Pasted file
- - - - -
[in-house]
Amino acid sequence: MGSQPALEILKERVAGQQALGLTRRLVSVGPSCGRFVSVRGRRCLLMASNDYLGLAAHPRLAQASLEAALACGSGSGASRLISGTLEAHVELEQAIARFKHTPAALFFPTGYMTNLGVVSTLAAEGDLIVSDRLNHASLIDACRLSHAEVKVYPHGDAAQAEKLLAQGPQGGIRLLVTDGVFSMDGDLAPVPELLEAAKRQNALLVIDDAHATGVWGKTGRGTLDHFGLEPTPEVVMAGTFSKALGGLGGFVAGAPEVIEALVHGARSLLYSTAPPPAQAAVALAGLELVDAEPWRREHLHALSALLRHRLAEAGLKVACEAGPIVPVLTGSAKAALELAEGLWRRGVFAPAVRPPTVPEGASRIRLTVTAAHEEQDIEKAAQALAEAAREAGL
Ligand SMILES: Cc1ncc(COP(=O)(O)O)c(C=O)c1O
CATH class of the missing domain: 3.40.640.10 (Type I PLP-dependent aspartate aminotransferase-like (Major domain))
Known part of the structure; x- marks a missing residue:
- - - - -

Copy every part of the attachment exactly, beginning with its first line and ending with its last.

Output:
[in-house]
Amino acid sequence: MGSQPALEILKERVAGQQALGLTRRLVSVGPSCGRFVSVRGRRCLLMASNDYLGLAAHPRLAQASLEAALACGSGSGASRLISGTLEAHVELEQAIARFKHTPAALFFPTGYMTNLGVVSTLAAEGDLIVSDRLNHASLIDACRLSHAEVKVYPHGDAAQAEKLLAQGPQGGIRLLVTDGVFSMDGDLAPVPELLEAAKRQNALLVIDDAHATGVWGKTGRGTLDHFGLEPTPEVVMAGTFSKALGGLGGFVAGAPEVIEALVHGARSLLYSTAPPPAQAAVALAGLELVDAEPWRREHLHALSALLRHRLAEAGLKVACEAGPIVPVLTGSAKAALELAEGLWRRGVFAPAVRPPTVPEGASRIRLTVTAAHEEQDIEKAAQALAEAAREAGL
Ligand SMILES: Cc1ncc(COP(=O)(O)O)c(C=O)c1O
CATH class of the missing domain: 3.40.640.10 (Type I PLP-dependent aspartate aminotransferase-like (Major domain))
Known part of the structure; x- marks a missing residue: